UNIX threads - about sleep and how to make a thread work for certain time?

In UNIX, if a thread calls sleep function, will the entire process not do any work for that time or only the sleep calling thread will not do any work for that time?

In a multi-threaded program, I want a thread to work for certain amount of time, how to achieve this?

Answers


man sleep says:

The sleep() function suspends execution of the calling thread until either seconds seconds have elapsed
or a signal is delivered to the thread and its action is to invoke a signal-catching function or to
terminate the thread or process.  System activity may lengthen the sleep by an indeterminate amount.

This function is implemented using nanosleep(2) by pausing for seconds seconds or until a signal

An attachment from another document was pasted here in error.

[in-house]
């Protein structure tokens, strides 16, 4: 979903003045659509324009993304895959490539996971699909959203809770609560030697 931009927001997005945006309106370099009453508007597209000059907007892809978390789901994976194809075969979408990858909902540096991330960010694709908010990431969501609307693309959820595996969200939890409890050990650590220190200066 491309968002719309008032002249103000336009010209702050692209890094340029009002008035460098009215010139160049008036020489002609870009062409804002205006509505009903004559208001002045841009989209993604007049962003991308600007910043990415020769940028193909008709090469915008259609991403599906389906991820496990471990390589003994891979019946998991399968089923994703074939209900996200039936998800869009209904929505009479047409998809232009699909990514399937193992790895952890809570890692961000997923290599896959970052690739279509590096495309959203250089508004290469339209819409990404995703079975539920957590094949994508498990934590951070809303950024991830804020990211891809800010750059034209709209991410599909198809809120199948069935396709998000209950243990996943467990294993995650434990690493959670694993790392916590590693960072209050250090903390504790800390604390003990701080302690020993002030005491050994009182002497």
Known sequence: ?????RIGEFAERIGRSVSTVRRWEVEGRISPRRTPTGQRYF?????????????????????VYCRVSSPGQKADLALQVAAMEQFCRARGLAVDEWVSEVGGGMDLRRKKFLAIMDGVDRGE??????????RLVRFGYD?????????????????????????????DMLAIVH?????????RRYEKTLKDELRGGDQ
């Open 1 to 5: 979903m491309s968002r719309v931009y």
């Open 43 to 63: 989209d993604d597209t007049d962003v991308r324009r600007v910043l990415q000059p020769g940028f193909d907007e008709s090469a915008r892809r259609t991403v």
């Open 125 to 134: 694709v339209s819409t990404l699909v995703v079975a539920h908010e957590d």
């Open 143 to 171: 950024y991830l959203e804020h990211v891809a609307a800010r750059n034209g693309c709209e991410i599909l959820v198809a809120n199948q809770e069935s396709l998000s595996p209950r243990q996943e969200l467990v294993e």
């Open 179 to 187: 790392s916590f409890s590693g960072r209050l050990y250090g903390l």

occurs.  Consequently, in this implementation, sleeping has no effect on the state of process timers,
and there is no special handling for SIGALRM.

so "only the calling thread".

As for your second question: It's mostly beyond your control and most people should rethink their design and leave that to the OS -- your OS controls your threads' execution. You can use conditions and signals to coordinate threads' actions to some extent. It's typically better/easier to use fewer threads and manage tasks, rather than threads directly. Even if you want to time it, there's a lot of work in trying to figure out at runtime how much time your threads are being given.


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